Correction: This post has been updated to reflect that most travelers to Hong Kong will be banned from entering the territory from midnight on Wednesday.

4:40 a.m. ET, March 23, 2020

Crowds packed California beaches despite shelter in place order

From CNN's Hollie Silverman

People are seen on the beach in Huntington Beach, California on March 21.
People are seen on the beach in Huntington Beach, California on March 21. Michael Heiman/Getty Images

Crowds descended on California beaches, hiking trails and parks over the weekend in open defiance of a state order to shelter in place and avoid close contact with others.

California Gov. Gavin Newsom issued a shelter in place order directing the state's nearly 40 million residents to stay home beginning March 20 to help stop the spread of coronavirus.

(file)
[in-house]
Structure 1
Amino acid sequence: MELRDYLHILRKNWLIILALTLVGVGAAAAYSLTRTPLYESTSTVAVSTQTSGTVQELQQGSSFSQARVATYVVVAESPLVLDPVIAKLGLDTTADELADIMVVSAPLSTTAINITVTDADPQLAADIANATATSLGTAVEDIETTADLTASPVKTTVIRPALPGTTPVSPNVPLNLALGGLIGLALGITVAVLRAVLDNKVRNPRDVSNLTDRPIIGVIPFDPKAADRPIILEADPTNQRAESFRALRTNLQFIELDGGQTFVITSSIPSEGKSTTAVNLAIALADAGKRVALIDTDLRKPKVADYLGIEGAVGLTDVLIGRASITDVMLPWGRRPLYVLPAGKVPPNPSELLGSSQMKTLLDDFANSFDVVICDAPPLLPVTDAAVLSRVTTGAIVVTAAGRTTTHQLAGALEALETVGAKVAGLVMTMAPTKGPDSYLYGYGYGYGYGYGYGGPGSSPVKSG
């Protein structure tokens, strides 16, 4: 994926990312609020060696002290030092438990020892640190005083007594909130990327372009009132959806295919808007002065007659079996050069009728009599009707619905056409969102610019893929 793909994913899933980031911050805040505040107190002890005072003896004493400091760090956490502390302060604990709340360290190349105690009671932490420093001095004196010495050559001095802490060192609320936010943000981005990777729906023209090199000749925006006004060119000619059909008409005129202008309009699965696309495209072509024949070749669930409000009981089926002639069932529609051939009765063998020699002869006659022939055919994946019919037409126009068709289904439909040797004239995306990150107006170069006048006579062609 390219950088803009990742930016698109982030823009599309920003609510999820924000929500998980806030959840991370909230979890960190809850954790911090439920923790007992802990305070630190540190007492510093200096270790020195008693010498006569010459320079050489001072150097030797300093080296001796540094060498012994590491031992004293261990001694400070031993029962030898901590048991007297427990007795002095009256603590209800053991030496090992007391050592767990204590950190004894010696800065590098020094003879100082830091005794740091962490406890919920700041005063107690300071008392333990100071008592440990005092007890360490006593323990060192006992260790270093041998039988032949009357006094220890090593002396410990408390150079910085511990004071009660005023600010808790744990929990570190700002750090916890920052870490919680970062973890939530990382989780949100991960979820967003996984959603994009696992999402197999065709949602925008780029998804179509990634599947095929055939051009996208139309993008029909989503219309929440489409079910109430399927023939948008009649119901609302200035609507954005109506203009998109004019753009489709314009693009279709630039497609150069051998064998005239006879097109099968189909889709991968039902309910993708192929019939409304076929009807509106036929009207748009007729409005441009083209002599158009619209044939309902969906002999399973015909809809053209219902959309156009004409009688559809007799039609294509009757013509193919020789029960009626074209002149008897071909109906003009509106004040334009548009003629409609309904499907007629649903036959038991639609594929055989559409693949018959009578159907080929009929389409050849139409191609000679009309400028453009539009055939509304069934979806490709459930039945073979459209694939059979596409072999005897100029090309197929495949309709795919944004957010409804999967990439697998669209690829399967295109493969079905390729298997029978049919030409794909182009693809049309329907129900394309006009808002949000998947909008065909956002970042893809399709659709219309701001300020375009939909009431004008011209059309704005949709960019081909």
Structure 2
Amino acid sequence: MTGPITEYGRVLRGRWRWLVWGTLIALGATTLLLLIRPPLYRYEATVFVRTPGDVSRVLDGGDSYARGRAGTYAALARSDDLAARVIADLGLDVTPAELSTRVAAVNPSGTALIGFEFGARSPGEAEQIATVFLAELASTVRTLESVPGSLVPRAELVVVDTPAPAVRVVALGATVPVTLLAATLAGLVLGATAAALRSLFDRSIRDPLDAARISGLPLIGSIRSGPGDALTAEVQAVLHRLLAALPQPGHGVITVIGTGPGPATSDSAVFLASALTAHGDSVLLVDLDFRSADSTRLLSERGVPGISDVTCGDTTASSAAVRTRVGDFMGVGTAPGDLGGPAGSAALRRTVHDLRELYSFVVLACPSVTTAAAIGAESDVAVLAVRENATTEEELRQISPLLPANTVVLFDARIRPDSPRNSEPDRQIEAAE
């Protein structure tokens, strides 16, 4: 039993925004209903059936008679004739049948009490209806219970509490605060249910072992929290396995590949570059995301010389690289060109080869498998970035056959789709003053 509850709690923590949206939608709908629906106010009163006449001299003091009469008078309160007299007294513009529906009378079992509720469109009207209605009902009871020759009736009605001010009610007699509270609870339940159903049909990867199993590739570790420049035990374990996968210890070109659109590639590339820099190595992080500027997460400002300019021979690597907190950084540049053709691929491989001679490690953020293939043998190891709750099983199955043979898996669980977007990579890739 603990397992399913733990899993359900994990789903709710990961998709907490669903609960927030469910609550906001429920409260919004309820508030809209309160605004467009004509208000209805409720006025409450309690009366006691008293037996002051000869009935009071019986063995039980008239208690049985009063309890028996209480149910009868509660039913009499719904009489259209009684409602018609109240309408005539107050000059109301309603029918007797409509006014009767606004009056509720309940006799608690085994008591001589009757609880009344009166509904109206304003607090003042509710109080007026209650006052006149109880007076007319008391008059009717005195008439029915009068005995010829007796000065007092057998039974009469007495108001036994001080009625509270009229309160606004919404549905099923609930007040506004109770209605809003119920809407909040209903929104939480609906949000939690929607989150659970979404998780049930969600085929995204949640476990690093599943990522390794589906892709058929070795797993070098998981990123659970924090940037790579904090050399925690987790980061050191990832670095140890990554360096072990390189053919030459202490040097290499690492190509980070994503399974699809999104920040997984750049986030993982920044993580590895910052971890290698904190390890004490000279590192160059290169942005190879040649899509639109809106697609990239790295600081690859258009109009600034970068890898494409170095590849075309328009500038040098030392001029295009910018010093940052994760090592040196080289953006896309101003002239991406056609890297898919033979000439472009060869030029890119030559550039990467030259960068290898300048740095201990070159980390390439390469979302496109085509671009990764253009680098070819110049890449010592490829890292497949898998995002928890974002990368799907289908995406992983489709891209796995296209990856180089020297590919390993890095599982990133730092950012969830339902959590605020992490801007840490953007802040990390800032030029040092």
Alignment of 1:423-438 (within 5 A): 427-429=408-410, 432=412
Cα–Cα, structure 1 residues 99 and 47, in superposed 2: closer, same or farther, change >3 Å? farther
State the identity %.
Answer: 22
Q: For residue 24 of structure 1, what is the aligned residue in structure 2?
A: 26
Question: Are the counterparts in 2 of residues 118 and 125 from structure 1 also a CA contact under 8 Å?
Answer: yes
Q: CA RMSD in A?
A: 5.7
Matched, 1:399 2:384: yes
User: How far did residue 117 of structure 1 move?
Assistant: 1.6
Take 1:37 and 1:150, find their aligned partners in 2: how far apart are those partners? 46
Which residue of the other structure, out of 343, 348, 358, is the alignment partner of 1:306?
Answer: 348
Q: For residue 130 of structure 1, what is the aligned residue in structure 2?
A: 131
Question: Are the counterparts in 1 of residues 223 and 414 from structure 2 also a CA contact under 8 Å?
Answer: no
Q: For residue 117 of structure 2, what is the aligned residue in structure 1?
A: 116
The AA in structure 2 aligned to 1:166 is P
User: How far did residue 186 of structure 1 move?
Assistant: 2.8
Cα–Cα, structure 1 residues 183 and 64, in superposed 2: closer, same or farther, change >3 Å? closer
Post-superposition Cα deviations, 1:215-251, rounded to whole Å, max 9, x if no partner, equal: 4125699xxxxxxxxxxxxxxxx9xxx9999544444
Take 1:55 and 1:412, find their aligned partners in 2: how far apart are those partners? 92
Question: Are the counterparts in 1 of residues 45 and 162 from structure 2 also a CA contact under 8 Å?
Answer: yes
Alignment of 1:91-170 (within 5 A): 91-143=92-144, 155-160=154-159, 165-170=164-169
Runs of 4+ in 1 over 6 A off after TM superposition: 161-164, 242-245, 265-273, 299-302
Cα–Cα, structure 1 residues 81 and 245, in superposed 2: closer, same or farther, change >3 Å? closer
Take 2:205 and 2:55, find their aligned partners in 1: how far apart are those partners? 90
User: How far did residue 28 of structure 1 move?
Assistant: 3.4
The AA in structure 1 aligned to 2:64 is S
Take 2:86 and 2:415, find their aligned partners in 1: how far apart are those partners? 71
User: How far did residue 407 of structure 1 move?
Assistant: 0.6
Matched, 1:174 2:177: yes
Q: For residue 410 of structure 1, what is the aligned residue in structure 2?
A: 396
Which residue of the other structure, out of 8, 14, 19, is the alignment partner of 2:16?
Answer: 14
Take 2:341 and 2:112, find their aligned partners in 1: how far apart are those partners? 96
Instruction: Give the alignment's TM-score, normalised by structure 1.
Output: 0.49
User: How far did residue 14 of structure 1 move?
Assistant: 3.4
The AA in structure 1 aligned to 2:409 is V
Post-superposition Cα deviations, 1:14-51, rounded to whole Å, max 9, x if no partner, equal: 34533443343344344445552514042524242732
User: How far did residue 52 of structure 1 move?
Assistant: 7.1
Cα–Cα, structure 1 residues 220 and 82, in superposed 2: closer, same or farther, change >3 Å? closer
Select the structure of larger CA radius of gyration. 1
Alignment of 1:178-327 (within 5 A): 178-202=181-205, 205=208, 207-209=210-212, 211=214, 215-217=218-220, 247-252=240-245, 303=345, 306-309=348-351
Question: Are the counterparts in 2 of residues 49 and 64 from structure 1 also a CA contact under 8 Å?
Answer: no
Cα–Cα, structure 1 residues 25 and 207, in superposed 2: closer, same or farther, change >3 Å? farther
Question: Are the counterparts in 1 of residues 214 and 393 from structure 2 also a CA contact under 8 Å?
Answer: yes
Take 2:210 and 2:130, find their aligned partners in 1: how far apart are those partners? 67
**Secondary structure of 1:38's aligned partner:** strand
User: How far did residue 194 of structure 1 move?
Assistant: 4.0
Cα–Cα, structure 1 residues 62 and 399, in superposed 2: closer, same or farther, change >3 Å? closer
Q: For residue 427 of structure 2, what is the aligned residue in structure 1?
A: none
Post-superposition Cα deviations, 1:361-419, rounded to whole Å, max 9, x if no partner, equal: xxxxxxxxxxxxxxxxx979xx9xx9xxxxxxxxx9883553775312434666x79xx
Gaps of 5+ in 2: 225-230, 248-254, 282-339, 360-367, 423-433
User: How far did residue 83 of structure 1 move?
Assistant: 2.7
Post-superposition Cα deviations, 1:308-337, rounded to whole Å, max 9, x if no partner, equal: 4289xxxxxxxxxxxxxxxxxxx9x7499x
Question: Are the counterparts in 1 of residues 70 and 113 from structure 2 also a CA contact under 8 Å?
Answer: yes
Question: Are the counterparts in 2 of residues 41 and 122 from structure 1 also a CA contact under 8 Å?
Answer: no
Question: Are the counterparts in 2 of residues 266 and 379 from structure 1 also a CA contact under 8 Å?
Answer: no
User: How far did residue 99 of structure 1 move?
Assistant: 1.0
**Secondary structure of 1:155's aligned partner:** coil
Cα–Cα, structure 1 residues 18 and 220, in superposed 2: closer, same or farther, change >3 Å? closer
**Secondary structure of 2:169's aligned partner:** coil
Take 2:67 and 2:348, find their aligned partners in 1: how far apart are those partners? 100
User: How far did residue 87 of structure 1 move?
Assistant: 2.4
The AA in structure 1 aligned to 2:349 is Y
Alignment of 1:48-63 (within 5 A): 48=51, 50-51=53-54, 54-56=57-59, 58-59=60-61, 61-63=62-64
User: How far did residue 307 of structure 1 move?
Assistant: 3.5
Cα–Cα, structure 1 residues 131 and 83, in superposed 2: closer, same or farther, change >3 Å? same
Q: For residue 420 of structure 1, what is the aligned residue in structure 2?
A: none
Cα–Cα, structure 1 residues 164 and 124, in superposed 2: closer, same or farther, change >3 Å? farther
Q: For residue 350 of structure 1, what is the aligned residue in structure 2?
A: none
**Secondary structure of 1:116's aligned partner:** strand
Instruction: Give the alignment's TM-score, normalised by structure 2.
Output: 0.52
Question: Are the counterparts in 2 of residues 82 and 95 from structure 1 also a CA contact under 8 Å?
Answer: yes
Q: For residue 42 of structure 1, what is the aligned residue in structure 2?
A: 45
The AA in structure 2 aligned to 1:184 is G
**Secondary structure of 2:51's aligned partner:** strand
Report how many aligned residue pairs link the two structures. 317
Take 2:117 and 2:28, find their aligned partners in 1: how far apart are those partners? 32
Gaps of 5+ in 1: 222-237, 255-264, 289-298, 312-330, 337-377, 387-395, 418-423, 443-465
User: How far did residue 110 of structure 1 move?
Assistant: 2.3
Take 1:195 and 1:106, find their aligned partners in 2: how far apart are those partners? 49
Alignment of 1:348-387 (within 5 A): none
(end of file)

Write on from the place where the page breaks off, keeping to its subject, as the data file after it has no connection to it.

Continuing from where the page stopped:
Instead, many public spaces were packed, prompting officials in some cities to order parks, recreation areas and beaches to close.

In response to the crowds, Los Angeles Mayor Eric Garcetti announced on Twitter late Sunday that he was closing sports and recreation at all LA City Parks. He said people should heed the closures and stay home.

"This weekend we saw too many people packing beaches, trails and parks," the mayor tweeted. "That doesn't mean gather elsewhere. This is serious. Stay home and save lives."

California is one of eight US states that have issued stay at home orders. Several countries around the world have also put in place similar measures.

Read the full story here.

4:29 a.m. ET, March 23, 2020

European markets open lower as US stalls on stimulus plan